In US dollar terms gold fell 28% in 2013 and in Euro terms gold topped out in September 2012 at just over €1380 before falling back to the €900 area by December 2013. Silver did even worse and while it has been as high as €34 euro in 2011 by the end of 2013 it was breaking below the €15 level. All of this has happened while the Federal Reserve was fully engaged in QE3 and pumping billions a month in government debt and mortgage backed securities.
In contrast to the poor performance of gold and silver in 2013 the stock markets had a great year and the US property market showed real signs of life. Both of these markets relied almost entirely on the Federal Reserve’s money printing to make headway however, as Bernanke felt that driving momentum in property and stocks was key to US economic recovery. Ironically precious metals got hammered as the Fed’s QE program drove investors to follow momentum in equities and real estate. Furthermore, analysts pointed out that a taper was coming at the end of 2013 and this compounded poor sentiment in the metals markets.
But since the start of 2014 when the Fed has actually started the tapering process equity markets have stalled and metals prices have moved up quite strongly. The economic data over the December January timeframe has been generally below expectations and this has been explained away as a result of poor weather conditions. However we believe that the US economy is set once again to underperform dramatically over 2014 as the Fed tries to reduce QE and that the current weakness is not just a temporary blip. Since we believe that money printing was the prime driver in equity prices last year we also predict that equity markets will go nowhere this year as the Fed tries to bring its balance sheet under some control through the taper process.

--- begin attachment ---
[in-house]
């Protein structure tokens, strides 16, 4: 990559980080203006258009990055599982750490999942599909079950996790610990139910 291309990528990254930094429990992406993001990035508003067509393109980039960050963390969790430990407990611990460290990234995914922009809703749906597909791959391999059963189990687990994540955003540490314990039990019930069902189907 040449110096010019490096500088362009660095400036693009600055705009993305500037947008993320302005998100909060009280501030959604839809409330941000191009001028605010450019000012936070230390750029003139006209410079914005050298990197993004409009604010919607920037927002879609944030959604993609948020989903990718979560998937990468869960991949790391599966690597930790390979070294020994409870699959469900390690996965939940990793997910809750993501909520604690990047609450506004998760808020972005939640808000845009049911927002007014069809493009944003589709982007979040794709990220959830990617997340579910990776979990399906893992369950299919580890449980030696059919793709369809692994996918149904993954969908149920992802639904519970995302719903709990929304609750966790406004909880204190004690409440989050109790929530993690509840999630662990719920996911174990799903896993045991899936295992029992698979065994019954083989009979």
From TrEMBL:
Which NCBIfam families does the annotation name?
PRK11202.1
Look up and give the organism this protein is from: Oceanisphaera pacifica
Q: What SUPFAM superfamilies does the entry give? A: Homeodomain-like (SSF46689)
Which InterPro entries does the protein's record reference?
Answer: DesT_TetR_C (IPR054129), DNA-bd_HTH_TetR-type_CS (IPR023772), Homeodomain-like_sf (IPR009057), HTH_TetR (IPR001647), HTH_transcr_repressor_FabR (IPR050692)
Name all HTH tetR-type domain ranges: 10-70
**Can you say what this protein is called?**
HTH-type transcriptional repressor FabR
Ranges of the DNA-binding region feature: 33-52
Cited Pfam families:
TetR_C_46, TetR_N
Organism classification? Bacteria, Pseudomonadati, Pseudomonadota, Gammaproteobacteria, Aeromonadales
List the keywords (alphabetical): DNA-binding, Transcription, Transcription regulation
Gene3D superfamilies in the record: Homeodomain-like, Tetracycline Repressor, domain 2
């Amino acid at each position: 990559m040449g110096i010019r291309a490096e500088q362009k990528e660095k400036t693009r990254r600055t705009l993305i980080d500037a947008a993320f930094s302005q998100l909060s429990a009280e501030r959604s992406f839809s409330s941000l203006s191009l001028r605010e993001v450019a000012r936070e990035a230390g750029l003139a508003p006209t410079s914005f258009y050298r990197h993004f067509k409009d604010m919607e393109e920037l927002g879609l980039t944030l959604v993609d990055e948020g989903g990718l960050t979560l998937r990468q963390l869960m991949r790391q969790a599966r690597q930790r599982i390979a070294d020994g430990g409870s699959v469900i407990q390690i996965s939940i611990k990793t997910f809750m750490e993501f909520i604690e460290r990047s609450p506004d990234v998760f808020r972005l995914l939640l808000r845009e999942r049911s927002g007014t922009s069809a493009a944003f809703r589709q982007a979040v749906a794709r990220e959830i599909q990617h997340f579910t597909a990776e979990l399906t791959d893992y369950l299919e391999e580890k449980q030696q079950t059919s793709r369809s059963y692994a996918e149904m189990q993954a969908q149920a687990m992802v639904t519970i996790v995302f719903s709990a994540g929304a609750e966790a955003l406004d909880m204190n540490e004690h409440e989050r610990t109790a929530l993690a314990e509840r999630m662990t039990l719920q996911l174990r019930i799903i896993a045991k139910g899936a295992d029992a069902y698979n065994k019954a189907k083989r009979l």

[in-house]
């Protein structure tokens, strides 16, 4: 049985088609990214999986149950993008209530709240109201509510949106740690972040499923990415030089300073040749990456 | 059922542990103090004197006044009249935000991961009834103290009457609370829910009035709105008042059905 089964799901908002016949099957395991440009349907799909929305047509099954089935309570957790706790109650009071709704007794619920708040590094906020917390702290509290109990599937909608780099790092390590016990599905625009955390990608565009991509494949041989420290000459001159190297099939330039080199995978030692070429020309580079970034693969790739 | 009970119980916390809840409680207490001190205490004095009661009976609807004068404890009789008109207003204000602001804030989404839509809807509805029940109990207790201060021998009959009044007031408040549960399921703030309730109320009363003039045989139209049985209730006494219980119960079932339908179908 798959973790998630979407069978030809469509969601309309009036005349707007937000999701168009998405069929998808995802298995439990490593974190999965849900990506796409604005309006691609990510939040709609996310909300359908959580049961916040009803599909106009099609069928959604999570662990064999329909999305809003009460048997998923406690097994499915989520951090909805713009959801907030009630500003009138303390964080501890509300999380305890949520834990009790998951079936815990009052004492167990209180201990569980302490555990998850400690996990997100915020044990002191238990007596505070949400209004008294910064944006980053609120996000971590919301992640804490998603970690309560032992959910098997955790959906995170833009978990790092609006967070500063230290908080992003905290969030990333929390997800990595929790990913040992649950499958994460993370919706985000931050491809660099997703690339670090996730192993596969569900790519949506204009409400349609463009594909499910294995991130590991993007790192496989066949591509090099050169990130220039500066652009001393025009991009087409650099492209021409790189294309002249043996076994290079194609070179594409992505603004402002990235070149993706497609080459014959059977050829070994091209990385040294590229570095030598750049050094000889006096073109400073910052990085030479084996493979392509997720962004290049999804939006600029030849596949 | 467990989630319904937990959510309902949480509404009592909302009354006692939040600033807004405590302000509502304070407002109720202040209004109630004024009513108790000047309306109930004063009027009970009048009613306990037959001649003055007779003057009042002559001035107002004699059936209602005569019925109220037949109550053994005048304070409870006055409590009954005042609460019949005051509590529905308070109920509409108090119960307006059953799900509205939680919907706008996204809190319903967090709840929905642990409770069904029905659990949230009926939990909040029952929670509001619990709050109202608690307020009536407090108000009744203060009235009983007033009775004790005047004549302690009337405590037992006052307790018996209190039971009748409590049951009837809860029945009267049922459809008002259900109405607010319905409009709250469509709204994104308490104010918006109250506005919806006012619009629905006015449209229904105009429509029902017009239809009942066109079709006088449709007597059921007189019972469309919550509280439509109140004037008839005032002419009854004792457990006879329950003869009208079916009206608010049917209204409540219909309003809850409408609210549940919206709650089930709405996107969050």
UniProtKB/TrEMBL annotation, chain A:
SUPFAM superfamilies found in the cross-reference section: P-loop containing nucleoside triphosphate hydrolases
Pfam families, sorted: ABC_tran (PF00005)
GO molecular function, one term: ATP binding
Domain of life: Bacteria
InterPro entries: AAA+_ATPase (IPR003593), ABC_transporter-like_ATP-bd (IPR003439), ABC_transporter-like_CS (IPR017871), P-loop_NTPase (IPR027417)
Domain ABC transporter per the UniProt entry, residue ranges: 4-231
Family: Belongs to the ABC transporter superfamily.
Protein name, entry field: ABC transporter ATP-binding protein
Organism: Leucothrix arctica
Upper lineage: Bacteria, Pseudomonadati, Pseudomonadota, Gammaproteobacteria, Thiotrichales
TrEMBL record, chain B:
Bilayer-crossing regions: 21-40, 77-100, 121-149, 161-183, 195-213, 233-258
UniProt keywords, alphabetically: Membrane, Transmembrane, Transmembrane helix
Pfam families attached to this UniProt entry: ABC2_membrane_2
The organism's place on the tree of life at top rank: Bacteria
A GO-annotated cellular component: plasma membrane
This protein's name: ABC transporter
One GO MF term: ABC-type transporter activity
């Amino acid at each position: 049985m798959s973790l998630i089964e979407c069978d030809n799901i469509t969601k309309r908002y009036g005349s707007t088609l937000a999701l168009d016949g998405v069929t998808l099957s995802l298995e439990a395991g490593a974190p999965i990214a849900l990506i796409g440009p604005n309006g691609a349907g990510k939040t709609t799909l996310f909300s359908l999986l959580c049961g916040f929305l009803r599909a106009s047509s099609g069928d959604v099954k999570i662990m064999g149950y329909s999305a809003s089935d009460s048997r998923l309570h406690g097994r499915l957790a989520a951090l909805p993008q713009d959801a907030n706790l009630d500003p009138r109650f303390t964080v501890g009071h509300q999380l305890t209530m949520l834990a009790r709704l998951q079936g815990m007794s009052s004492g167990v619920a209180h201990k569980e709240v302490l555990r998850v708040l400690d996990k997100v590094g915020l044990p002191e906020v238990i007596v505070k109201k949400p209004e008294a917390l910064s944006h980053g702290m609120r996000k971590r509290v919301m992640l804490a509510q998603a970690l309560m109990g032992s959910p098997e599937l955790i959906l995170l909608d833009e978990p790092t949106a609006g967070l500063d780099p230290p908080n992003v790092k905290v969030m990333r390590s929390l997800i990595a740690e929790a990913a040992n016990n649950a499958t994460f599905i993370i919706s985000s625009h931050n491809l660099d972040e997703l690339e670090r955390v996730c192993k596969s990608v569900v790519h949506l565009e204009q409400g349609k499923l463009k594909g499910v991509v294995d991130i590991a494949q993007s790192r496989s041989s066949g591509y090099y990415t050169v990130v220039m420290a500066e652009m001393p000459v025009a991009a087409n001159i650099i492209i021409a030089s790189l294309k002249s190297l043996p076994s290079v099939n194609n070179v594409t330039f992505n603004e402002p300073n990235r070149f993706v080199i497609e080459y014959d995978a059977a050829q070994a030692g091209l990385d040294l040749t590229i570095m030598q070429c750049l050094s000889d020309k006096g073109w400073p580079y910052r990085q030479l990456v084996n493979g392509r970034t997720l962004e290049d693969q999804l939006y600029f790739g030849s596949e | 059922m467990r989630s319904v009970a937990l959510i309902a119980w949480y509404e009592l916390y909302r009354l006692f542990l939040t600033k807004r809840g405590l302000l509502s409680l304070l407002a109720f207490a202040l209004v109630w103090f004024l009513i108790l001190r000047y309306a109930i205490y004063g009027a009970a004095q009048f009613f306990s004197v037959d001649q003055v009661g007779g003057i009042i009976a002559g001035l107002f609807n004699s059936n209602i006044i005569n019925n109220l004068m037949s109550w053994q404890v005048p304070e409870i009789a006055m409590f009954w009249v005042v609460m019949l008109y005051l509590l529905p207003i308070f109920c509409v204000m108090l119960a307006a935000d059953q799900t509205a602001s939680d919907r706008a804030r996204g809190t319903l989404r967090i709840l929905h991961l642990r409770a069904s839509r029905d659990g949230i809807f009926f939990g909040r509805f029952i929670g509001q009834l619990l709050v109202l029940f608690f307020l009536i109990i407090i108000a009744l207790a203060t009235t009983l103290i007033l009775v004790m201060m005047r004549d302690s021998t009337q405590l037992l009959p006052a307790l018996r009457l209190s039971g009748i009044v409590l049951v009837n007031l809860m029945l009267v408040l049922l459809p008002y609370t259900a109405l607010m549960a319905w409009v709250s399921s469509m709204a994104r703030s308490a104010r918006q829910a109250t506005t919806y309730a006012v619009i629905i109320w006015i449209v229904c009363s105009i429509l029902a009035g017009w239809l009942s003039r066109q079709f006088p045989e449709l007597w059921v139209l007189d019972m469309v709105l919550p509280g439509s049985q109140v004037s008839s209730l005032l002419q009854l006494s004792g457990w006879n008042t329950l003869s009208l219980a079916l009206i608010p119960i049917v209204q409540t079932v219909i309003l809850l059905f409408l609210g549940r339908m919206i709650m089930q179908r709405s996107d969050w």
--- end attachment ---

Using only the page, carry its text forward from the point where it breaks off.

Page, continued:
If the stock market stalls out this year then we also expect to see some weakness in property prices in the US as a consequence of the attempted taper. General weakness in the US economy will be more difficult to explain away as spring approaches (doubtless many manufactured explanations will be made however!) and this lack of momentum on the general economy, stocks and property is likely to swing the pendulum of momentum back in favour of the metals. Unless a ‘black swan’ emerges gold and silver are likely to make consistent progress back to higher levels and erase much of the losses from last year. However if a ‘black swan’ event was to occur (e.g meltdown in derivatives markets…) gold and silver could both move rapidly past their previous highs in this cycle
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